Consider what your downside is in the stock market. Historically speaking over a 17 year period, the stock market is quite capable of returning less than 2%, meaning under the worst case, your original 9400 grows to only about $13K, probably not even keeping up with inflation.

Even if your rents and property value decline by 20% immediately after purchase. (This would be totally without precedent for your area) You might have a small negative for a few years but after 17 years you would still have substantial equity of over $40K and a positive cash flow.

Keep in mind that this is a very average property. With work you can do much better.

Regards,
FMO



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Two questions:

1. If I can do this well by renting, then why would I ever sell my house to someone else who would take that profit opportunity away from me?

2. If rents are high enough to justify cash flows like this, why would your high-quality renter continue to rent?

This is my natural skepticism saying that if a deal looks too good to be true, it must be. But I'm trying to keep an open mind.

thanks,
dan
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Here is something I don't understand, and granted I've only been investing for about 6 months. If buying property and renting it provides better returns than the stock market, why don't more people do it?
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galagan writes:

If I can do this well by renting, then why would I ever sell my house to someone else who would take that profit opportunity away from me?

I'm not sure I understand your question. My assertion is that you do better by owning, not renting. Perhaps you could elaborate.


If rents are high enough to justify cash flows like this, why would your high-quality renter continue to rent?

Every market is different. My tenants are what I call renters of circumstance. They can afford to buy a house (and some own houses) but like the lifestyle that a single family home provides. They are in my area for 2-3 years working on a contract or some such thing and need a place temporarily. I fill their need. Many renter have difficulty living below their means. They just can't seem to get their act together to afford a house. I have a tenant like this right now. I suspect they will continue to make me wealthy for as long as I allow them to stay.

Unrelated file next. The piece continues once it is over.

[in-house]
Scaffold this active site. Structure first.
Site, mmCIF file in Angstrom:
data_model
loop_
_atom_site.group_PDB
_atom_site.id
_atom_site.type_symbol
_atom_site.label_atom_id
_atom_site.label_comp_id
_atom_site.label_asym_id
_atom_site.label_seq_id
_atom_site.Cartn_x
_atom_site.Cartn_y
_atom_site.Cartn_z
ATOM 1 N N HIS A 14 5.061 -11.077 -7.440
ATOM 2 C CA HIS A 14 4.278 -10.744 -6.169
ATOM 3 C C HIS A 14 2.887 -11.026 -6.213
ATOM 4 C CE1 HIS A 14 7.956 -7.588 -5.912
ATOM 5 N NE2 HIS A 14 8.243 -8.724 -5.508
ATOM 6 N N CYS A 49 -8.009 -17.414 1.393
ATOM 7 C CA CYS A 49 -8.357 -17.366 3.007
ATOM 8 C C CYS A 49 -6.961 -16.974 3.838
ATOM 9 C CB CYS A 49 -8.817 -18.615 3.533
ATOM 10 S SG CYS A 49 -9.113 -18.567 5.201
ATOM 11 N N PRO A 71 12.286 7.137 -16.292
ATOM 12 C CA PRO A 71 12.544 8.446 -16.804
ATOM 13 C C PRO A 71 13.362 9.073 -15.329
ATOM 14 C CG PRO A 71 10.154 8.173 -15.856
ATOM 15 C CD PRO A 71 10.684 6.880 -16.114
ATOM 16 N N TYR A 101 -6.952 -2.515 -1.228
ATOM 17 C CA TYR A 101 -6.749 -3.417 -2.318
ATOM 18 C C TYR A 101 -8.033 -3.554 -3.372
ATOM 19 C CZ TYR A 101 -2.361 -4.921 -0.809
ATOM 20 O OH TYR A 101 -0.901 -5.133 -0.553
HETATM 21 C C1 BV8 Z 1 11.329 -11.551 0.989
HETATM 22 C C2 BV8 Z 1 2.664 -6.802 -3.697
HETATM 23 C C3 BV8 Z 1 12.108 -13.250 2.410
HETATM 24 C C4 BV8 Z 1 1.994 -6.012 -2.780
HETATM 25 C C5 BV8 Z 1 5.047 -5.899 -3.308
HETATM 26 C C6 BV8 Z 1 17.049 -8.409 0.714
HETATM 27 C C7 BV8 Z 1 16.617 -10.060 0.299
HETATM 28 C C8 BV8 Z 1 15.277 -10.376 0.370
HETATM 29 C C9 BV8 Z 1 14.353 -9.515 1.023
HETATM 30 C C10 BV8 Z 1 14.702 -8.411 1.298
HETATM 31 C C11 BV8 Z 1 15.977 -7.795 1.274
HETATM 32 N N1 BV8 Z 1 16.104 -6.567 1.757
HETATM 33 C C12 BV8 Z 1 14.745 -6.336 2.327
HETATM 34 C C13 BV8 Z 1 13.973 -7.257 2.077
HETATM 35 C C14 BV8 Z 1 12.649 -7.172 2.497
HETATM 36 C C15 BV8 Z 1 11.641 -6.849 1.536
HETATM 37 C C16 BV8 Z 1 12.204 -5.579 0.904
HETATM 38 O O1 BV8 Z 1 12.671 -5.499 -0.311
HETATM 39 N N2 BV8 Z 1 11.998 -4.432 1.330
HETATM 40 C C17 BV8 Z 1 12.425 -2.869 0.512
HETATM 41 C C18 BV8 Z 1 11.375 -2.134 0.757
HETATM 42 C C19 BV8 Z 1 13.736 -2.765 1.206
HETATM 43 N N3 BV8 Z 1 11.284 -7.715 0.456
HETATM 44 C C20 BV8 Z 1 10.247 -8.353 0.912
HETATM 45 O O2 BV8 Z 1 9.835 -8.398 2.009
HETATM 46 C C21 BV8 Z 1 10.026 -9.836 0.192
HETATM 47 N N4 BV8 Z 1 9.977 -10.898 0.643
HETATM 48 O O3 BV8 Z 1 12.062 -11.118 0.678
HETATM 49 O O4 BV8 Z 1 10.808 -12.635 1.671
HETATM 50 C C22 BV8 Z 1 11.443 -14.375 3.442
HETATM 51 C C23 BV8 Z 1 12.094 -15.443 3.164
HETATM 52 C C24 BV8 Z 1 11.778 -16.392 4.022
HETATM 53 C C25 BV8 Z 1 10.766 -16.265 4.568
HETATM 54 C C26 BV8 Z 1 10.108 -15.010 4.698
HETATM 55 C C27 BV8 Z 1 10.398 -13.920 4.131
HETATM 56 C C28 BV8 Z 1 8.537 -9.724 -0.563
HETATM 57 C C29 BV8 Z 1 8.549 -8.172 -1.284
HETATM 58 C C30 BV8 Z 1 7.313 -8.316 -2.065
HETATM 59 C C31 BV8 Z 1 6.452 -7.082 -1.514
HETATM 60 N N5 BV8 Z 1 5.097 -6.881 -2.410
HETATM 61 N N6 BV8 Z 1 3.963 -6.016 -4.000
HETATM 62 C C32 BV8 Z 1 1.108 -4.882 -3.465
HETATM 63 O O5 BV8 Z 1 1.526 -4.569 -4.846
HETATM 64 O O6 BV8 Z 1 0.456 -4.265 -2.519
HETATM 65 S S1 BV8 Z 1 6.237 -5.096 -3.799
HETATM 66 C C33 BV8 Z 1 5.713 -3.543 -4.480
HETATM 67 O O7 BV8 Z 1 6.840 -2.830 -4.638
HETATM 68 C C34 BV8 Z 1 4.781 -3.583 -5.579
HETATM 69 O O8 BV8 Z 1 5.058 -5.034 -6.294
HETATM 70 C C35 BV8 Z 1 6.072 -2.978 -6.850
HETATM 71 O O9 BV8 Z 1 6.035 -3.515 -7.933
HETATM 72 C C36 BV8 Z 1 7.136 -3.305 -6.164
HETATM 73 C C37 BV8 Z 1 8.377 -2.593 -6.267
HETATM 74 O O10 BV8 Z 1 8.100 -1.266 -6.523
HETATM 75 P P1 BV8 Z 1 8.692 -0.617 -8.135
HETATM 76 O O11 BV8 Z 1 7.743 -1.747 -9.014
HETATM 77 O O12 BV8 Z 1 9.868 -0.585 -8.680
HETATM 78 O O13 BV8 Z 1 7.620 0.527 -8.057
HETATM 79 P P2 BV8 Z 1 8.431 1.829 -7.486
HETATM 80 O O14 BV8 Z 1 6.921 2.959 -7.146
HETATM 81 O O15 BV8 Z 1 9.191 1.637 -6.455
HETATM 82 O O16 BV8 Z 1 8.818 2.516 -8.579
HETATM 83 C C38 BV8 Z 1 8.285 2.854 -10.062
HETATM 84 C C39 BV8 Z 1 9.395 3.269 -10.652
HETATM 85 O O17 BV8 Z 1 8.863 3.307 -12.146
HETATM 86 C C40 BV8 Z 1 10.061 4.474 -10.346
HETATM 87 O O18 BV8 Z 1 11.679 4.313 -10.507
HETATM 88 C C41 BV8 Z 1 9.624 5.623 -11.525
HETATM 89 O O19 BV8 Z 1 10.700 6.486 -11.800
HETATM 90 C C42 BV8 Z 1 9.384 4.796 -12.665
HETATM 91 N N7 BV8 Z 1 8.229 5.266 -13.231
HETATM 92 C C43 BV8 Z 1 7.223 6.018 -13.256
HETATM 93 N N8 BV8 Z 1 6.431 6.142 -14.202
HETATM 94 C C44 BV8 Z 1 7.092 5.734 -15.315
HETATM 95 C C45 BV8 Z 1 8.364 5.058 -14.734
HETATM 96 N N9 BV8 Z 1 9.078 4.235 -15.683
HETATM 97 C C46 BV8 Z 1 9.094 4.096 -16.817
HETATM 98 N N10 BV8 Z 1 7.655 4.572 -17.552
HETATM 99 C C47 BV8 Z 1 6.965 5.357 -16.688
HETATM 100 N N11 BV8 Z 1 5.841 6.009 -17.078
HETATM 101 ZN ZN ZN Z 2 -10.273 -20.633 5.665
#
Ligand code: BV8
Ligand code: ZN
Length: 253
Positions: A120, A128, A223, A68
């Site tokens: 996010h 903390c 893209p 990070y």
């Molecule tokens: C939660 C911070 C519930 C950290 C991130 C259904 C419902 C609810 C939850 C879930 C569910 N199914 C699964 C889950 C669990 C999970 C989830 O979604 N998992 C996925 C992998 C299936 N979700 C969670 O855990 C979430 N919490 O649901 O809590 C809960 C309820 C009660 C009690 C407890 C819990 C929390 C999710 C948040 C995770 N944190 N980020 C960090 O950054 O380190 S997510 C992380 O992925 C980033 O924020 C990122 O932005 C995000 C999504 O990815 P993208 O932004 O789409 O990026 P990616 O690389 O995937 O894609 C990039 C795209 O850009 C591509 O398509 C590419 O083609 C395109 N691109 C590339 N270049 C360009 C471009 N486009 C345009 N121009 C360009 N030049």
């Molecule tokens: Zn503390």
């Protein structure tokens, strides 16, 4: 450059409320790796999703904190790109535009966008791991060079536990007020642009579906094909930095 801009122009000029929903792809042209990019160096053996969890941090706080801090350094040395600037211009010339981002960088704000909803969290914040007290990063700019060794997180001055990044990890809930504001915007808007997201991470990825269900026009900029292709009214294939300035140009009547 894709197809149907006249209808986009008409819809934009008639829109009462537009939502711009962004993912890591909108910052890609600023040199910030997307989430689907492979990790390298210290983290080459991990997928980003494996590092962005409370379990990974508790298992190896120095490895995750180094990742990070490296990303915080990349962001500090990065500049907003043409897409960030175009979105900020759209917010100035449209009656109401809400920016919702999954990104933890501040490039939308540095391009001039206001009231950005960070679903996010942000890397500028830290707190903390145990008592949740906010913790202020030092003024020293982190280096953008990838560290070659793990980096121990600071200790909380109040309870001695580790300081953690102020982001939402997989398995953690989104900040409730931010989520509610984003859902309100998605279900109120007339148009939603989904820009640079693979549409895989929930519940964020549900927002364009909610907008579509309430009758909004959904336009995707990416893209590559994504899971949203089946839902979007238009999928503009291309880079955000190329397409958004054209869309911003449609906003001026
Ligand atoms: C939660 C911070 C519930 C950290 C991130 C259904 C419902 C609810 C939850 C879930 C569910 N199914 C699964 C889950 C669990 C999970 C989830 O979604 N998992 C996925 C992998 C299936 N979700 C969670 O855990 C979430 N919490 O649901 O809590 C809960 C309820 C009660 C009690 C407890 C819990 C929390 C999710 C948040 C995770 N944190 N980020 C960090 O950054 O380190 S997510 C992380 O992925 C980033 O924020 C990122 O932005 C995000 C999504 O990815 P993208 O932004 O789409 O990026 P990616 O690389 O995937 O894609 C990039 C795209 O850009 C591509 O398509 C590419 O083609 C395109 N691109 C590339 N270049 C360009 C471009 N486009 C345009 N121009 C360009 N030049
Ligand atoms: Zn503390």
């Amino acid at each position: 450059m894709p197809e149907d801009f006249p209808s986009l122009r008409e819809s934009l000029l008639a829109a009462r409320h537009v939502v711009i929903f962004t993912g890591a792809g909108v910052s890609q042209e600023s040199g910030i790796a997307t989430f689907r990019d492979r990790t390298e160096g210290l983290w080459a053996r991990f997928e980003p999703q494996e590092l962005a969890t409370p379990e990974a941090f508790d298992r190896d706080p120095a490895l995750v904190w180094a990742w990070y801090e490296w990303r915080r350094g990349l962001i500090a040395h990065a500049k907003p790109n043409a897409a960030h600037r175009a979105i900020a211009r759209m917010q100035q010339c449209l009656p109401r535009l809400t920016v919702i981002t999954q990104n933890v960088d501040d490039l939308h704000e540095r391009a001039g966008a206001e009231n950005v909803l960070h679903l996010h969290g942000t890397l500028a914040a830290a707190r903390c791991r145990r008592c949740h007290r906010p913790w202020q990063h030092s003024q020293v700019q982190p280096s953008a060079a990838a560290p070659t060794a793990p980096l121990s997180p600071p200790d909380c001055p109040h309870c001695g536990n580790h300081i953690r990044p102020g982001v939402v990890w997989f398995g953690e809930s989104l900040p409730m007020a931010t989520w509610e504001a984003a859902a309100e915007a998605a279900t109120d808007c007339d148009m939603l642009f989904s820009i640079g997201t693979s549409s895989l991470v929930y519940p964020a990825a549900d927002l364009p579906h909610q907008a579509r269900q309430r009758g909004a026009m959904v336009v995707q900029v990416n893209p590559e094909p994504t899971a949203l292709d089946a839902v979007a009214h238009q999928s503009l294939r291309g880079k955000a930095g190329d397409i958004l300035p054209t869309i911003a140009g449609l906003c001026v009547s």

Regards,
FMO

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WXFranklin:

Here is something I don't understand, and granted I've only been investing for about 6 months. If buying property and renting it provides better returns than the stock market, why don't more people do it?

Good question. Many people are too ignorant, lazy or fearful. They will not educate themselves to the extent required to see through the myths. They have all heard the horror stories about bad tenants without stopping to think about how the situation usually came about (usually the landlord screwed up by not properly qualifiying the tenant) It's easier to blame the house or the tenant for their own mistakes.

It has been said that one does not acquire real estate without also acquiring a little math. Many people are math-phobic. Ask yourself; if real estate was such a terrible investment, why would I be here singing its praises? Why would I own property? I have nothing to gain. If you buy ahouse whereever you live it affects me not one bit. I enjoy real estate, am convinced of its advantages and I enjoy helping other people enjoy the success that I have had.

Regards,
FMO
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If I can do this well by renting, then why would I ever sell my house to someone else who would take that profit opportunity away from me?

I'm not sure I understand your question. My assertion is that you do better by owning, not renting. Perhaps you could elaborate.


Sorry, my question wasn't clear. Let me try again.

If I've decided I don't want to live in my home, and I have a choice between renting it out to someone myself, or selling it to you so you can rent it out, then why would I ever sell it to you and give up that profit opportunity?

Put another way: why would anyone be willing to sell at a price that would make it extremely attractive to a potential landlord? Why wouldn't they run the math and try to price it at a level near the margin of what a potential landlord would accept?

I think you may have answered the question by responding to a later post.

thanks,
dan
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galagan writes:

If I've decided I don't want to live in my home, and I have a choice between renting it out to someone myself, or selling it to you so you can rent it out, then why would I ever sell it to you and give up that profit opportunity?